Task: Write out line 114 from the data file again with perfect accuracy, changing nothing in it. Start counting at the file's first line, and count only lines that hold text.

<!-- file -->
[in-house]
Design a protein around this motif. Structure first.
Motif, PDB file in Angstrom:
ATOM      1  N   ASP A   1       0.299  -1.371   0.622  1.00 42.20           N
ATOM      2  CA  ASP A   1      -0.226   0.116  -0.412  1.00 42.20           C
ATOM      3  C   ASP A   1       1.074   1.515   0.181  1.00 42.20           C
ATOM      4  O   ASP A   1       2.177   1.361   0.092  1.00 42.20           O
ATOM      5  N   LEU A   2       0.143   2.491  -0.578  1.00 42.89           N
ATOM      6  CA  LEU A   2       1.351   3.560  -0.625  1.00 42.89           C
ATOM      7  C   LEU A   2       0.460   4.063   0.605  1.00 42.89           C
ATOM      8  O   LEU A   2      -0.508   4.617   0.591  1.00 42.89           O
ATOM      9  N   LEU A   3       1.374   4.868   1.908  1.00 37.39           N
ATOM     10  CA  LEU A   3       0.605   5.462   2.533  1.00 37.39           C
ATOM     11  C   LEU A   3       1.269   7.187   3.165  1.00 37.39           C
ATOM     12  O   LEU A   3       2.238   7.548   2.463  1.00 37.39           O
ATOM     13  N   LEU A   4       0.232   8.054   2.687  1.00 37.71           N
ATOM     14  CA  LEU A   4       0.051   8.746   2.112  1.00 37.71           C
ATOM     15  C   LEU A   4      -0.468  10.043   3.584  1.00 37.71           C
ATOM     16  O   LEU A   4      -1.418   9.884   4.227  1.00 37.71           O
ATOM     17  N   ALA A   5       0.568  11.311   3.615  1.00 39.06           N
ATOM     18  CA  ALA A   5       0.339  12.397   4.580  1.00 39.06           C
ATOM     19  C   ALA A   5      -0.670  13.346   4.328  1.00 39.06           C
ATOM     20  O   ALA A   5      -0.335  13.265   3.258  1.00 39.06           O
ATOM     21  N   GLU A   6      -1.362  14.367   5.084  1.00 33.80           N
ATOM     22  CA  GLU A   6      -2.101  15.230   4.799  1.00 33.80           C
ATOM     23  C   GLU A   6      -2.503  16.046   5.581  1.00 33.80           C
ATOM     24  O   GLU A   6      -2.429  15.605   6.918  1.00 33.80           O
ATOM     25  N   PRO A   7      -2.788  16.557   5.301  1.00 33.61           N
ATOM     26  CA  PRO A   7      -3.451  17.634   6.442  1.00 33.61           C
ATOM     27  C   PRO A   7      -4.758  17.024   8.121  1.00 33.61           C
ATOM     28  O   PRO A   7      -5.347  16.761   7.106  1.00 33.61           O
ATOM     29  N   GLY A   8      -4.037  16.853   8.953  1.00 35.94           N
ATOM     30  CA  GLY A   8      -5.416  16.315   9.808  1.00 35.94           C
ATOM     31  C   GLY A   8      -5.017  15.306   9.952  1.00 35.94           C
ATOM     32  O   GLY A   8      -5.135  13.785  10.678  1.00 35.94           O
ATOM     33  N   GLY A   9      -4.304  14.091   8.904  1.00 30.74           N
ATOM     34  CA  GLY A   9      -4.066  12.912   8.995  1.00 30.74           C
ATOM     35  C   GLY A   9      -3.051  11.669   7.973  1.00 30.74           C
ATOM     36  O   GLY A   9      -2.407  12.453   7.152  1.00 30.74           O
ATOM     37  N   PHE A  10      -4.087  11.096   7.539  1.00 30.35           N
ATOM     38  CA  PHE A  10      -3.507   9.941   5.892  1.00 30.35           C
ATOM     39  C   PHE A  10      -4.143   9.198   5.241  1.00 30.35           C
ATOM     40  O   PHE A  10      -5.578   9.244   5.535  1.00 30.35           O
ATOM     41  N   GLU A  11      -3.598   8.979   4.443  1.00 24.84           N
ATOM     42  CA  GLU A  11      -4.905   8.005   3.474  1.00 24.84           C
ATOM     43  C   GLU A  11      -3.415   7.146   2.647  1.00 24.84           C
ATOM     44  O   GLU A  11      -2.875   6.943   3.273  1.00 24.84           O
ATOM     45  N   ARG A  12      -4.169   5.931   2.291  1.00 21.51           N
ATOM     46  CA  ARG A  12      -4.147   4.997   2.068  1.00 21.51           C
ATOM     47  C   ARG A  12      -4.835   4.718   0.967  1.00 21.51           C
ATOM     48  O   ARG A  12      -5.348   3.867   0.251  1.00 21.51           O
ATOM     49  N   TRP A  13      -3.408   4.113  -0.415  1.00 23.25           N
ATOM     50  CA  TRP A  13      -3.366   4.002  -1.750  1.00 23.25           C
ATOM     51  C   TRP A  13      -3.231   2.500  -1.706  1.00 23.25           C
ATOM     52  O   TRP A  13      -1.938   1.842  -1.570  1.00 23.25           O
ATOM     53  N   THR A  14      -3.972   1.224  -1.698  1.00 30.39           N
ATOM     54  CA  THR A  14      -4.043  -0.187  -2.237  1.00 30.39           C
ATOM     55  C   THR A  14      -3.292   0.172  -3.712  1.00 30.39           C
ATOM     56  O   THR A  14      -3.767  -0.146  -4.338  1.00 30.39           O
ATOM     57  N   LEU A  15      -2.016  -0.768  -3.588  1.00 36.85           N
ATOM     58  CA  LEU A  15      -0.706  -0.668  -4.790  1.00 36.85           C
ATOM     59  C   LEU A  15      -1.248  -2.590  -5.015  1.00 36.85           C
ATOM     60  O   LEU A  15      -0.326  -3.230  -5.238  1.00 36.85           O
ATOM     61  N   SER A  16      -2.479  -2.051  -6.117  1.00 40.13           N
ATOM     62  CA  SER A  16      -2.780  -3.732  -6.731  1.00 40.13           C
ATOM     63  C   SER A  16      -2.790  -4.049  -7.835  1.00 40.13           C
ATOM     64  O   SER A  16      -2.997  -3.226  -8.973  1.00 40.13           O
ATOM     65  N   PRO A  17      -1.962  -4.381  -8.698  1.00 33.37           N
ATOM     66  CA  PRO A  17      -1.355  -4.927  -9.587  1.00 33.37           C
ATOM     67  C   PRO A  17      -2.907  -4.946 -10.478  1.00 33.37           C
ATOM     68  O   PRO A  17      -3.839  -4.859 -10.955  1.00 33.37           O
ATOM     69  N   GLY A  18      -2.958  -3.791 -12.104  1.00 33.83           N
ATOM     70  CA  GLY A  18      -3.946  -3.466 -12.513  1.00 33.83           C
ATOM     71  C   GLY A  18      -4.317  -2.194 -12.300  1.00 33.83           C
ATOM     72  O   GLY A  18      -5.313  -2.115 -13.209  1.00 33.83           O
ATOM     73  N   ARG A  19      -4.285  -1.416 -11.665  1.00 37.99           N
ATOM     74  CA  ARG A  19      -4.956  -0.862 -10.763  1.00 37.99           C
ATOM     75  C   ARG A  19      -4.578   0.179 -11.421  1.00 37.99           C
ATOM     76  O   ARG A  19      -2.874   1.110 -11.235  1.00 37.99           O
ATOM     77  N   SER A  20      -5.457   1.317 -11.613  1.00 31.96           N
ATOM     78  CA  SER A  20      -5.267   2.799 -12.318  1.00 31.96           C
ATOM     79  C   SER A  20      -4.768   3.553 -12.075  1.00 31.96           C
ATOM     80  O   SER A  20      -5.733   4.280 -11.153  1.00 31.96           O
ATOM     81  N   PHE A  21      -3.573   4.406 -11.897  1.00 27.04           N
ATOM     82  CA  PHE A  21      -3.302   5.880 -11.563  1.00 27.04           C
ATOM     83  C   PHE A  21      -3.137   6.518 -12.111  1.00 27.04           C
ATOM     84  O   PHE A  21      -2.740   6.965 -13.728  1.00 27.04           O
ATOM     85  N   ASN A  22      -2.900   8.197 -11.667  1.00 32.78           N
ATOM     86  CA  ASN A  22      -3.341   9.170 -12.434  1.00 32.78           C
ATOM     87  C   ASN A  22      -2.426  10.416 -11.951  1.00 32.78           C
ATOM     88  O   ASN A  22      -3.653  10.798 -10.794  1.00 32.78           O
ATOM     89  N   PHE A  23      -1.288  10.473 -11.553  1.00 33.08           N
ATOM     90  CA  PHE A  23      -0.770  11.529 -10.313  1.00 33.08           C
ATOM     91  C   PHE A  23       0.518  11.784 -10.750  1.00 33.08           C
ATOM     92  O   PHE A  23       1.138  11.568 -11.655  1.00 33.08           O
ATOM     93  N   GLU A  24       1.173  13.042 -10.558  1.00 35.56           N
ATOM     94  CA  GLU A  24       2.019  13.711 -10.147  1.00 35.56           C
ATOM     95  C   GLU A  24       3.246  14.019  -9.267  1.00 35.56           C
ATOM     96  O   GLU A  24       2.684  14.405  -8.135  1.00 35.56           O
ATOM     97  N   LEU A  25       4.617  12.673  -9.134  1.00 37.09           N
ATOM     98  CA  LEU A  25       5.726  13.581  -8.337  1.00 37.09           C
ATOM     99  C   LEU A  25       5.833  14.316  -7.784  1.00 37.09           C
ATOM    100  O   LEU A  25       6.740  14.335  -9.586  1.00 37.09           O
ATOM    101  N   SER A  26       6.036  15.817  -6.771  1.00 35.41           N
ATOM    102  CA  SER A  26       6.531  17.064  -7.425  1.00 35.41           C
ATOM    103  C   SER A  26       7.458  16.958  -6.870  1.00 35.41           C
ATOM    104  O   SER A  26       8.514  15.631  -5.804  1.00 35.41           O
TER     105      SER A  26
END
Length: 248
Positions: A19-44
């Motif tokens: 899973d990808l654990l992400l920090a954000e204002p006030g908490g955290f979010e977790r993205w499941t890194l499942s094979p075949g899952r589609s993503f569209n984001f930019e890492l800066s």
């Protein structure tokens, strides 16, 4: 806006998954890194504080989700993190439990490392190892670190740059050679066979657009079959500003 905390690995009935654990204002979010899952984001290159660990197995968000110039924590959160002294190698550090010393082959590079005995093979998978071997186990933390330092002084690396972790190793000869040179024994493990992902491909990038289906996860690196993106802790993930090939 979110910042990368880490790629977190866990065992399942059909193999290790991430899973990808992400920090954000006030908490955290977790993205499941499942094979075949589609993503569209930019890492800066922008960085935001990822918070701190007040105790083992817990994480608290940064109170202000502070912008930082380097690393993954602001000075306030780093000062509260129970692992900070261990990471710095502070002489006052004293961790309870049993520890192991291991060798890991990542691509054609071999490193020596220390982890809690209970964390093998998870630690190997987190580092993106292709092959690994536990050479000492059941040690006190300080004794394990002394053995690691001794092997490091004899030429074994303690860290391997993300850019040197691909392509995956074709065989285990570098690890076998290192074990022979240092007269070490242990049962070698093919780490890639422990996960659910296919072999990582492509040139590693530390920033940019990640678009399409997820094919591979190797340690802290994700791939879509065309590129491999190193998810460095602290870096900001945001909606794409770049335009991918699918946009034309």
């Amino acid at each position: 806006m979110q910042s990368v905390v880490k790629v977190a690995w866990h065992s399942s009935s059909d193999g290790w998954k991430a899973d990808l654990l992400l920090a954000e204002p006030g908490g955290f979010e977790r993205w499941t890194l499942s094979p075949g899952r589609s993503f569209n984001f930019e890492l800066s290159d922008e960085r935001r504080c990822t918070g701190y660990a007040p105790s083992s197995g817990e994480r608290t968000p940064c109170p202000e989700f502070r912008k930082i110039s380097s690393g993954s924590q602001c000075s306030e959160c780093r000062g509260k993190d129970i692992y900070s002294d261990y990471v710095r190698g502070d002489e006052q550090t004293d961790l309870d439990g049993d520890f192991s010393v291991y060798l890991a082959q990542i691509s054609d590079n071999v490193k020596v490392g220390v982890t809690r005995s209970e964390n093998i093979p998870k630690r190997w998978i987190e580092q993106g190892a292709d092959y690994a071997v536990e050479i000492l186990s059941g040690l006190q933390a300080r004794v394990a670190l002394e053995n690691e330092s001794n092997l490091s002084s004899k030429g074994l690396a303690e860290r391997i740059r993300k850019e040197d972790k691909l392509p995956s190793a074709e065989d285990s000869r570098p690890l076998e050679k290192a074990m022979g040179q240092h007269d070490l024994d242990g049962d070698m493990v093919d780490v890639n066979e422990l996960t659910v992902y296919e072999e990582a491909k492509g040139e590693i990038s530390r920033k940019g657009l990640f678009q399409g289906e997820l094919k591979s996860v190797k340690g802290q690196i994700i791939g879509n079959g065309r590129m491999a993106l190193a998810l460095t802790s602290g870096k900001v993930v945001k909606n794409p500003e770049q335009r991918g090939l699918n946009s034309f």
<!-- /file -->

């Amino acid at each position: 806006m979110q910042s990368v905390v880490k790629v977190a690995w866990h065992s399942s009935s059909d193999g290790w998954k991430a899973d990808l654990l992400l920090a954000e204002p006030g908490g955290f979010e977790r993205w499941t890194l499942s094979p075949g899952r589609s993503f569209n984001f930019e890492l800066s290159d922008e960085r935001r504080c990822t918070g701190y660990a007040p105790s083992s197995g817990e994480r608290t968000p940064c109170p202000e989700f502070r912008k930082i110039s380097s690393g993954s924590q602001c000075s306030e959160c780093r000062g509260k993190d129970i692992y900070s002294d261990y990471v710095r190698g502070d002489e006052q550090t004293d961790l309870d439990g049993d520890f192991s010393v291991y060798l890991a082959q990542i691509s054609d590079n071999v490193k020596v490392g220390v982890t809690r005995s209970e964390n093998i093979p998870k630690r190997w998978i987190e580092q993106g190892a292709d092959y690994a071997v536990e050479i000492l186990s059941g040690l006190q933390a300080r004794v394990a670190l002394e053995n690691e330092s001794n092997l490091s002084s004899k030429g074994l690396a303690e860290r391997i740059r993300k850019e040197d972790k691909l392509p995956s190793a074709e065989d285990s000869r570098p690890l076998e050679k290192a074990m022979g040179q240092h007269d070490l024994d242990g049962d070698m493990v093919d780490v890639n066979e422990l996960t659910v992902y296919e072999e990582a491909k492509g040139e590693i990038s530390r920033k940019g657009l990640f678009q399409g289906e997820l094919k591979s996860v190797k340690g802290q690196i994700i791939g879509n079959g065309r590129m491999a993106l190193a998810l460095t802790s602290g870096k900001v993930v945001k909606n794409p500003e770049q335009r991918g090939l699918n946009s034309f």